He will also be down to two engine manufacturers. The Honda unit still has to earn the name and is present in only two cars and Renault, if at all, will also only be present in two cars. Everyone else is running Merc or Fezza. F1 has become the Indy Racing League on steroids, just with fewer cars and more boring tracks.

So what can he do to save his empire? Of course he can try to pressure Ferrari into supplying engines to Red Bull and Toro Rosso, but Mateschitz won’t accept second-tier stuff and Ferrari won’t deliver up-to-date versions. Most likely outcome is that we’ll see a Red Bull branded car at Le Mans very soon.

That’s where everyone is headed anyway. VW is present with two brands, Toyota’s there, BMW is seriously considering to enter as well, as seems Hyundai, if their completely bonkers prototype at the IAA in Frankfurt is anything to go by. Does anyone seriously believe Merc will continue blowing hundreds of millions into spanking a collection of hapless privateers in F1, when all their premium market opponents are duking it out at Le Mans?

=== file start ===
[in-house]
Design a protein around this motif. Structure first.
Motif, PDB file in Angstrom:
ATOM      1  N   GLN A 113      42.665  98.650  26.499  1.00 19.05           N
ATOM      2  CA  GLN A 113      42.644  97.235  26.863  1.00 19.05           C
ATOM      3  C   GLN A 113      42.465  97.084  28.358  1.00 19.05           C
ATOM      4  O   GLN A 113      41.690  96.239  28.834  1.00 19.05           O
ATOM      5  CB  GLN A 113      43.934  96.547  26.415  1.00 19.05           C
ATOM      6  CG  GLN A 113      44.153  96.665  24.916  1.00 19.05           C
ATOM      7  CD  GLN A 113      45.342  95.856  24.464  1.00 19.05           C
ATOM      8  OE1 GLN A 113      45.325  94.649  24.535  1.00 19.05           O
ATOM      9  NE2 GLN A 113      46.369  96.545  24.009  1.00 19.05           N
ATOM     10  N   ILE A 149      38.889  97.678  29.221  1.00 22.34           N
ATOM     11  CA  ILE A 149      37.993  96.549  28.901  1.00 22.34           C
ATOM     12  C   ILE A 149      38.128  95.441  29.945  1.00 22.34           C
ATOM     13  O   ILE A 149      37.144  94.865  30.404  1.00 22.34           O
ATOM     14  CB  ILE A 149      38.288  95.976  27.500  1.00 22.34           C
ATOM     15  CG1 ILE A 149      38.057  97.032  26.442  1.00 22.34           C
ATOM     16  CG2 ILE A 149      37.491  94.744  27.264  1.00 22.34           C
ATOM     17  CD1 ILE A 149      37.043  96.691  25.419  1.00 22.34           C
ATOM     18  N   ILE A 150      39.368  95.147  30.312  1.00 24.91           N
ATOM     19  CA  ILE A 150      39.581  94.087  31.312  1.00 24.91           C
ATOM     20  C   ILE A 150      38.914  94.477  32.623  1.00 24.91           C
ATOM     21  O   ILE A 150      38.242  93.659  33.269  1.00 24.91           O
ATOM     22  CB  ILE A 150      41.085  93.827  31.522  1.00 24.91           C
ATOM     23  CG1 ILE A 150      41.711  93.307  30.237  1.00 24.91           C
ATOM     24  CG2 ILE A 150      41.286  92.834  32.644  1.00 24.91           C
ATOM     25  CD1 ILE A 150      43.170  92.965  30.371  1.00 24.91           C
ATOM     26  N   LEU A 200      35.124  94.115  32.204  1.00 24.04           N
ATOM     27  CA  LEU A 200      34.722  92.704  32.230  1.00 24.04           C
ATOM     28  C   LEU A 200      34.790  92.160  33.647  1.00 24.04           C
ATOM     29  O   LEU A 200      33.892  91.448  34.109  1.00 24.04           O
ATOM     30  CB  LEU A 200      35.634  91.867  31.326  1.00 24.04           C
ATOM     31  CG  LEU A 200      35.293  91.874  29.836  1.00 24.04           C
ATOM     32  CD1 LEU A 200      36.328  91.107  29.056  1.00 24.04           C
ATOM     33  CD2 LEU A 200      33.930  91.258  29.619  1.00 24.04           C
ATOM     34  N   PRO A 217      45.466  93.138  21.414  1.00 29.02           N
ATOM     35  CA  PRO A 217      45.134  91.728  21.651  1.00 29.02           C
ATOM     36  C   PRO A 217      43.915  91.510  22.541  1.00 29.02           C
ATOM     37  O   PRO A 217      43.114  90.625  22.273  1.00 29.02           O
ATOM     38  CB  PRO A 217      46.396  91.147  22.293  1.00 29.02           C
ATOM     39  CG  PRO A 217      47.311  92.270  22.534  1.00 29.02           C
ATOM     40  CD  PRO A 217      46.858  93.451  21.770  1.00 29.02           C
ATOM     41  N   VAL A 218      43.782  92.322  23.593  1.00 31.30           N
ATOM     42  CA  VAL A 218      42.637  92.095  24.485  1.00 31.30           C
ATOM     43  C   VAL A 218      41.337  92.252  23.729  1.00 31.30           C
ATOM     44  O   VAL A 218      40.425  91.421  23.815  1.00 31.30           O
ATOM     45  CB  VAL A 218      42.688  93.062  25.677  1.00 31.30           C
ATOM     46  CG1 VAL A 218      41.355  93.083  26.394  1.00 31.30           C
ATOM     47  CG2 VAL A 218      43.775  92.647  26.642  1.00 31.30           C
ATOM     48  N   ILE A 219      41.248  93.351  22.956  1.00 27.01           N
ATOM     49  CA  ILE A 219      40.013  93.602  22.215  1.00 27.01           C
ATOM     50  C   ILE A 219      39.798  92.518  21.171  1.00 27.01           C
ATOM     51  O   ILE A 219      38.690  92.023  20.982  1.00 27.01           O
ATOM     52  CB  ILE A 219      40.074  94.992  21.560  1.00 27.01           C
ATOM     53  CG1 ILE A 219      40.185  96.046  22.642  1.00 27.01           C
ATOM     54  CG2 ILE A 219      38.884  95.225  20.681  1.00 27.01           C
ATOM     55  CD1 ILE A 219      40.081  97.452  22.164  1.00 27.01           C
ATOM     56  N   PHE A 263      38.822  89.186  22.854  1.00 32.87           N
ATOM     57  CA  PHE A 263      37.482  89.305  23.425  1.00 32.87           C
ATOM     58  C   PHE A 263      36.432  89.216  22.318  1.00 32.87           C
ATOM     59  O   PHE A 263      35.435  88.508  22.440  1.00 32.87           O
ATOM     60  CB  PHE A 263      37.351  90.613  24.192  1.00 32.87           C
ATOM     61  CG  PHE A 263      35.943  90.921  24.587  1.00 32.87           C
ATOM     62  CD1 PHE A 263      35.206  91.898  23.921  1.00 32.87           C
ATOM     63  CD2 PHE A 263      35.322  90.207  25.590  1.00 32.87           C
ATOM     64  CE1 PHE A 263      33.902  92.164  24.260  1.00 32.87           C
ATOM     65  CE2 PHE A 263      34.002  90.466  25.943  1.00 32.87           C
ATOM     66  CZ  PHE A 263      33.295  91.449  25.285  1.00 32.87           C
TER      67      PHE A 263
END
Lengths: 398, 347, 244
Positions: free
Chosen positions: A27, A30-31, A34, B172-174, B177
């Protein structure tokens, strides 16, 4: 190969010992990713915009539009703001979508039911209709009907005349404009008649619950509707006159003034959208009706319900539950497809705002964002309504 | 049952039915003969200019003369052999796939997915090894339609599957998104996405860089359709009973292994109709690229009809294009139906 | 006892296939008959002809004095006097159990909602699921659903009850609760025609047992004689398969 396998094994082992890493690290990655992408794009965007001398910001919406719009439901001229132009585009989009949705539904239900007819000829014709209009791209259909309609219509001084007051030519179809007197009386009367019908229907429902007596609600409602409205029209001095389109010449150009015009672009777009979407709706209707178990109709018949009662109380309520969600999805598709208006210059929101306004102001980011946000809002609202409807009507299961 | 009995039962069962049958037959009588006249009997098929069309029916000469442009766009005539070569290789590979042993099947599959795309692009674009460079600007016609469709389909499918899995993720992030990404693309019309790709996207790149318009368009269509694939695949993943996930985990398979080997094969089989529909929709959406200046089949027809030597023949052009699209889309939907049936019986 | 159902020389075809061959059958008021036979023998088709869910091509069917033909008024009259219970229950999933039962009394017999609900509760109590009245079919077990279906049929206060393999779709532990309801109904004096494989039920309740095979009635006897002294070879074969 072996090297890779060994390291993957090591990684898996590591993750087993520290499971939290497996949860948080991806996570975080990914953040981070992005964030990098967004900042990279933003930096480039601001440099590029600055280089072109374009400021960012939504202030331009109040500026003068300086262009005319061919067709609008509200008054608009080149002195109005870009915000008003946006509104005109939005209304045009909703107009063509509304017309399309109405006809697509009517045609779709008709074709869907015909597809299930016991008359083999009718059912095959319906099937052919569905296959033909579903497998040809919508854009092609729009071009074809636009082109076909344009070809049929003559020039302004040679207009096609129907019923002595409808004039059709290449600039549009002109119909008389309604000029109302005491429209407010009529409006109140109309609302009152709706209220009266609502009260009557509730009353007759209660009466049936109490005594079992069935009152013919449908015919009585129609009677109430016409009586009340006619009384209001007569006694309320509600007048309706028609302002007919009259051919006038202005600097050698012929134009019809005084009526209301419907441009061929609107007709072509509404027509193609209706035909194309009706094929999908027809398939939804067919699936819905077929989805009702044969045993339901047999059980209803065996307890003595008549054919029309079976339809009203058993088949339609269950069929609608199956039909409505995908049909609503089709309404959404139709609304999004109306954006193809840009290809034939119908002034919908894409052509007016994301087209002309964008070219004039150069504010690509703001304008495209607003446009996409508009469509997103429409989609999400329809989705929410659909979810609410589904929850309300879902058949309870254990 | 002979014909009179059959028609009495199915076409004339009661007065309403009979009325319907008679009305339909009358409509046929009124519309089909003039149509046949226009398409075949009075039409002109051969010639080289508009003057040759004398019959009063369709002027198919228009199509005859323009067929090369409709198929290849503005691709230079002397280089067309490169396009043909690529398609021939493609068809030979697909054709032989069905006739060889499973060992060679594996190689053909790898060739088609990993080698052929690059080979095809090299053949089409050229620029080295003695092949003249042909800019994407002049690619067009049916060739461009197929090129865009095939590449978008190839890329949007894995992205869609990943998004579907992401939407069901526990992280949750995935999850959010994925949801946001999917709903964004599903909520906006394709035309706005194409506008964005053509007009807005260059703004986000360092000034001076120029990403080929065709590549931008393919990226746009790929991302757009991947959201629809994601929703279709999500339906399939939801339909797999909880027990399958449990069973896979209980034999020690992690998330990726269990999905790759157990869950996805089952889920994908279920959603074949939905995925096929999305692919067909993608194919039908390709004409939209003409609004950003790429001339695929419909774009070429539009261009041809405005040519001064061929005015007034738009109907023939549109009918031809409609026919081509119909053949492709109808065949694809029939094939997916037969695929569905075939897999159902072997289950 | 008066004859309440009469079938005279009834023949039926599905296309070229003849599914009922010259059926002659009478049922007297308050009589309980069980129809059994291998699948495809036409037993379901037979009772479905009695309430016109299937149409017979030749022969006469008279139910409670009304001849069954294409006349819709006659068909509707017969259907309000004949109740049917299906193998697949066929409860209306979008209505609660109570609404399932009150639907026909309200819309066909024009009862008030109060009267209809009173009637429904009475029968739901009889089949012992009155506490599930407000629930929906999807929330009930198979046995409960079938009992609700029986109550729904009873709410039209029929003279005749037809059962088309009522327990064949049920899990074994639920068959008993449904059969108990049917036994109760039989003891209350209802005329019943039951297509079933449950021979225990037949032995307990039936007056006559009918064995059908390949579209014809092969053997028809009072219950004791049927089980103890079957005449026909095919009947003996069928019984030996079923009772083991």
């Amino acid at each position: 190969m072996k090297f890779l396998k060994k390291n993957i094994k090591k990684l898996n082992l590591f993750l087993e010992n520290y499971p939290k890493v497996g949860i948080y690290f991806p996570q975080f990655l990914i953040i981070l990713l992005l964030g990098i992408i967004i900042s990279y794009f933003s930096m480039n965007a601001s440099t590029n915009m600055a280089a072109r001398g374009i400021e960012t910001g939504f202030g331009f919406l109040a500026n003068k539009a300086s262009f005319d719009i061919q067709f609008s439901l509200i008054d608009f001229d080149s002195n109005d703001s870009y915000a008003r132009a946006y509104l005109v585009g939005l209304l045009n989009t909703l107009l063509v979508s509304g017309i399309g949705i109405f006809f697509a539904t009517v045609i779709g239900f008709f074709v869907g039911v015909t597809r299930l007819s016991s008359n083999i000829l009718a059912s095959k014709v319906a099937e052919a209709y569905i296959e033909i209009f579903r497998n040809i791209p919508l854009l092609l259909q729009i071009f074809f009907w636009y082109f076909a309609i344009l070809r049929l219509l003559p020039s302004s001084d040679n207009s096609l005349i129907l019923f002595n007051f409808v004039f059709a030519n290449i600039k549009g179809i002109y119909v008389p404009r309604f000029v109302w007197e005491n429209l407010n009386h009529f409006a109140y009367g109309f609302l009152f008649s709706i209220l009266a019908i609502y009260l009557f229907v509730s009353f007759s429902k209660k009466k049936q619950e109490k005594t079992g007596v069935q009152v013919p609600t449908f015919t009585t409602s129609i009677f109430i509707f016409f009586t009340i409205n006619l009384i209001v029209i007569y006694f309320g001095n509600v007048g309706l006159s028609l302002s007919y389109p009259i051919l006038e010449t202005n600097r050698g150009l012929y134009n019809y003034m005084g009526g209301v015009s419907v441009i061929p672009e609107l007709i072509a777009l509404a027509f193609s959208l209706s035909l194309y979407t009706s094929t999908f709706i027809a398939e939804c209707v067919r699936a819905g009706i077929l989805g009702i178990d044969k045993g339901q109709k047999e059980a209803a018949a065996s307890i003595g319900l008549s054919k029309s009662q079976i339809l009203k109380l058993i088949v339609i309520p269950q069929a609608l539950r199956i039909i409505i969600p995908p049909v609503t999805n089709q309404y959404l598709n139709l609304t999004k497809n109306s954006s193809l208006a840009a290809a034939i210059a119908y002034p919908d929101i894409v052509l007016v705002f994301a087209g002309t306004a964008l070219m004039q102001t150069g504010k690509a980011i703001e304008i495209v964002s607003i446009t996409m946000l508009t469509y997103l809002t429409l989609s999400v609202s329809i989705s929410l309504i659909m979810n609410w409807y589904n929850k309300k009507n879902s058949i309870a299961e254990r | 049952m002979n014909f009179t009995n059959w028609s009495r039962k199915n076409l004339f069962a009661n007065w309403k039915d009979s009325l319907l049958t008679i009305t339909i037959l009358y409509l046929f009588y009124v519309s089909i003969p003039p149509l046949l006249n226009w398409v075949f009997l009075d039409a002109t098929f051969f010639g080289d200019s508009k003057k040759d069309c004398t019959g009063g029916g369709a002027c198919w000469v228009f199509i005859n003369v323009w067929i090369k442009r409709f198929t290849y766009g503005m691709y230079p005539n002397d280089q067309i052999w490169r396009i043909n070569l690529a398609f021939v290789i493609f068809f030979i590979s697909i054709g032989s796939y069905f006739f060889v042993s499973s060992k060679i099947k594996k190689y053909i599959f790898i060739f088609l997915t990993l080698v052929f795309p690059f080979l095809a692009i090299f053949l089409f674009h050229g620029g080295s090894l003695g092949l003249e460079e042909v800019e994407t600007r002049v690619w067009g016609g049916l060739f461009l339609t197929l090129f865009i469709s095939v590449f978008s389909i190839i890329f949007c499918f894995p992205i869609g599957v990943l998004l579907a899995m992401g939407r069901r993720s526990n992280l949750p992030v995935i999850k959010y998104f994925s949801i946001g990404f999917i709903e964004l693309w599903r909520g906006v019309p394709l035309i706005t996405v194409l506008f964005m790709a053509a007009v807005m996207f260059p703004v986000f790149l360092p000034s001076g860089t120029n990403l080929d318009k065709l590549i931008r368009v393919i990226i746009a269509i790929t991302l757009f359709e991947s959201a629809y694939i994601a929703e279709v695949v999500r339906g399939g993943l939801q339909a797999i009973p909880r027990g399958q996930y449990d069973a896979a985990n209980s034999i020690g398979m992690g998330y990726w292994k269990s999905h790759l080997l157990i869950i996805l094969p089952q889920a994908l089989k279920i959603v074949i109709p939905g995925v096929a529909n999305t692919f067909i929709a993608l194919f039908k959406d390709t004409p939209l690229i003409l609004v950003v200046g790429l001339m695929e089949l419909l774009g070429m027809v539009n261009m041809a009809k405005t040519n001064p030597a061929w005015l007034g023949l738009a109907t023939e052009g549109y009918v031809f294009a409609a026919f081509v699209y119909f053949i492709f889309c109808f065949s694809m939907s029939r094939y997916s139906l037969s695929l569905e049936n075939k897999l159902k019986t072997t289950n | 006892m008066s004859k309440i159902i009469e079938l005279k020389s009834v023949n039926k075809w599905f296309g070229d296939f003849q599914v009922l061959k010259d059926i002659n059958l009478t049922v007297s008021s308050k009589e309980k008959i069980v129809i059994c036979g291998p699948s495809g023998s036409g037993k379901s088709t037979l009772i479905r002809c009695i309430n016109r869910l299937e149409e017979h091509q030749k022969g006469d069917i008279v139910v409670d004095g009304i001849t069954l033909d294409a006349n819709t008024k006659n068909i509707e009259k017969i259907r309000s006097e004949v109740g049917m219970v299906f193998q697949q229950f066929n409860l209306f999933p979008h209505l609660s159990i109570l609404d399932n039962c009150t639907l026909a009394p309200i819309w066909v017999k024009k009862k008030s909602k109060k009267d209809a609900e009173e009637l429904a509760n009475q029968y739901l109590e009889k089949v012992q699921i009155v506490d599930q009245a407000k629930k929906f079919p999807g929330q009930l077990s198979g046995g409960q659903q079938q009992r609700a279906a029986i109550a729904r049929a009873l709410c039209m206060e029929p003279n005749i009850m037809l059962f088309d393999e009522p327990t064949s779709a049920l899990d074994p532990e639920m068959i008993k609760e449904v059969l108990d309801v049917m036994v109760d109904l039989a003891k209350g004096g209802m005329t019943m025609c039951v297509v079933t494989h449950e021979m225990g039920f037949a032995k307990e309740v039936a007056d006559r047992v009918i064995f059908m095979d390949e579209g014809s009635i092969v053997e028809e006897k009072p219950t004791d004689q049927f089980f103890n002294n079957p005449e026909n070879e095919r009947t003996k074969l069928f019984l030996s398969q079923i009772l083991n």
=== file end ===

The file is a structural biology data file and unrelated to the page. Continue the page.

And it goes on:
Back in the day, when I was appearing on podcasts occasionally, I said it several times. If any manufacturer is interested in using motorsport to do R&D that will feed back into their road cars, WEC is the place to do it. Most manufacturers seem to think the same.

With that ill-fated V6 idea, F1 has lost its identity. Manufacturers came and went, with the notable exception of Ferrari, but the core have always been those, who Enzo Ferrari used to refer to as garagisti. Williams, McLaren, Sauber – that are all teams who’ve been created for the sole purpose of building F1 cars and race them. Others have already been killed, like Brabham, March or Arrows. A new one is coming with Haas and in their current guise of Toro Rosso, Minardi will most likely be lost forever.